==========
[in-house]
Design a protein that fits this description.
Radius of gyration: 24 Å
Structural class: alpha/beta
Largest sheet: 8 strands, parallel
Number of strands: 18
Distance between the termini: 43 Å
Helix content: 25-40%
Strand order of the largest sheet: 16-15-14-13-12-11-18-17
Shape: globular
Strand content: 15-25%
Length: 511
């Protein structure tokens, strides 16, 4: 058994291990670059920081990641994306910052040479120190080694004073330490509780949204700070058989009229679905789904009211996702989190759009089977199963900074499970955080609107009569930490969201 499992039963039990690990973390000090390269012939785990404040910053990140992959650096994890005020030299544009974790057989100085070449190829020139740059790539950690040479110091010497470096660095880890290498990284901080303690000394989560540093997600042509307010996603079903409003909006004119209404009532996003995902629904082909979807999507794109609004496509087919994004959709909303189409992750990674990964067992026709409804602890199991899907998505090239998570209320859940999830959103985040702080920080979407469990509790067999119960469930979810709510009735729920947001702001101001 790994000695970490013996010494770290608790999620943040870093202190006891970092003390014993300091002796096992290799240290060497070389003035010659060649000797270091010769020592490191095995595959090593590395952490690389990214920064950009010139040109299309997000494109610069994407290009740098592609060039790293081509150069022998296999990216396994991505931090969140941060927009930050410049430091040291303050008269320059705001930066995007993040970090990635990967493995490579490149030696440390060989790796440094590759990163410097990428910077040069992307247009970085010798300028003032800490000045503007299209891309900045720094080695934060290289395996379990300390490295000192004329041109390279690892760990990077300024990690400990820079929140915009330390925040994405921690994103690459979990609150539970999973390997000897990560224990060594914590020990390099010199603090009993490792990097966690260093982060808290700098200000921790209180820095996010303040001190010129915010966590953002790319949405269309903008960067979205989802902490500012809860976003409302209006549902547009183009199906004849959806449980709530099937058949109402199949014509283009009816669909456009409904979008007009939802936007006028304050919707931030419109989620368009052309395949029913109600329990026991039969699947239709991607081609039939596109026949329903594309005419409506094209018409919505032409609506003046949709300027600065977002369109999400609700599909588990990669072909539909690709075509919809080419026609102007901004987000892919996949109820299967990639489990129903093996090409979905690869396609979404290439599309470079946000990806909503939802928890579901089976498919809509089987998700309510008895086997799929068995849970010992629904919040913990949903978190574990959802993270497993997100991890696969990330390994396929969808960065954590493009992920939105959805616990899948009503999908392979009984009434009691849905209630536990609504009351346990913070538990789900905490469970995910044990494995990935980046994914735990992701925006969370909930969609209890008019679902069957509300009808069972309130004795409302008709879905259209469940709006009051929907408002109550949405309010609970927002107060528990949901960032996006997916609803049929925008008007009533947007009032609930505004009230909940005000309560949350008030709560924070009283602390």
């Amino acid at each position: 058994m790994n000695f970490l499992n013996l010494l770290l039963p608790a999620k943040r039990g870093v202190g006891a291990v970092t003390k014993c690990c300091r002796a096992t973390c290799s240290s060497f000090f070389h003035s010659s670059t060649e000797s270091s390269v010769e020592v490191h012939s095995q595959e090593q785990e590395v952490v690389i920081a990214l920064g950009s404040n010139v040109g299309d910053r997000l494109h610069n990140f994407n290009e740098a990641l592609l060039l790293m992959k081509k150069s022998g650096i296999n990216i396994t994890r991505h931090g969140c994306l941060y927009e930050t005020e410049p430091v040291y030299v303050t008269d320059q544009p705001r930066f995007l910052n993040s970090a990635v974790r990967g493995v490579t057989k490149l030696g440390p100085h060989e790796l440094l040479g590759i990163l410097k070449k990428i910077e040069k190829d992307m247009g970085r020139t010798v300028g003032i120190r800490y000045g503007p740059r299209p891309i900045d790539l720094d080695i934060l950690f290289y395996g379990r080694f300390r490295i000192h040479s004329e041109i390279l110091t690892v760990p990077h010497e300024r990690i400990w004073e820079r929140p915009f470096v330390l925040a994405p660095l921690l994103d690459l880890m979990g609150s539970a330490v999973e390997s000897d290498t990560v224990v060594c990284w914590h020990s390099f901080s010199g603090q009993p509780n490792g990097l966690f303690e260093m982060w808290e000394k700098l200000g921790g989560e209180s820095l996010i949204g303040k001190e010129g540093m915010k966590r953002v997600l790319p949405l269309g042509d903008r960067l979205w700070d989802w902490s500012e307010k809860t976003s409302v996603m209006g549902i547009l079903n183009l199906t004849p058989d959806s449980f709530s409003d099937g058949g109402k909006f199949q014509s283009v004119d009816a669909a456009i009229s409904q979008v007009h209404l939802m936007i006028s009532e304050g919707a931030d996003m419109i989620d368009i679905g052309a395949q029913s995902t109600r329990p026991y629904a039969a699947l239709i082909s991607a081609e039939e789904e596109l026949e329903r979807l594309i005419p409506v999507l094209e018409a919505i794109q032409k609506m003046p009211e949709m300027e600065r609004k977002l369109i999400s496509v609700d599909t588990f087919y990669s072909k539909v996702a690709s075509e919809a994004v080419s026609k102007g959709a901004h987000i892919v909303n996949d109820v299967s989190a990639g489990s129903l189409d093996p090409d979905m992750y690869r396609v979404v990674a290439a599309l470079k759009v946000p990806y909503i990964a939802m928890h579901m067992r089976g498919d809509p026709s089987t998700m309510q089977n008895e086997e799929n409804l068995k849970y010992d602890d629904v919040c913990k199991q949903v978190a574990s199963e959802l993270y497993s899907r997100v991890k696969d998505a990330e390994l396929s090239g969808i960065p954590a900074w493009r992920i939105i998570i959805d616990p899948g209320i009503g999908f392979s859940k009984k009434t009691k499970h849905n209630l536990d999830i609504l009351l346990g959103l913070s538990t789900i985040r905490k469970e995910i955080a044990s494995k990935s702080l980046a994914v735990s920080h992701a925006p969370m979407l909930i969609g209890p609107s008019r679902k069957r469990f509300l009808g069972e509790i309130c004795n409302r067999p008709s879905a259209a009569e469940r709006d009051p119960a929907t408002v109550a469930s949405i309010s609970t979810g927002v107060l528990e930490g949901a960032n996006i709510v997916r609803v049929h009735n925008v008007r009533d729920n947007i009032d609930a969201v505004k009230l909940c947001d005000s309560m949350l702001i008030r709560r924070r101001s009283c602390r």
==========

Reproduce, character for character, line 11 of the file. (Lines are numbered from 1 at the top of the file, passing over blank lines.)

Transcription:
Strand content: 15-25%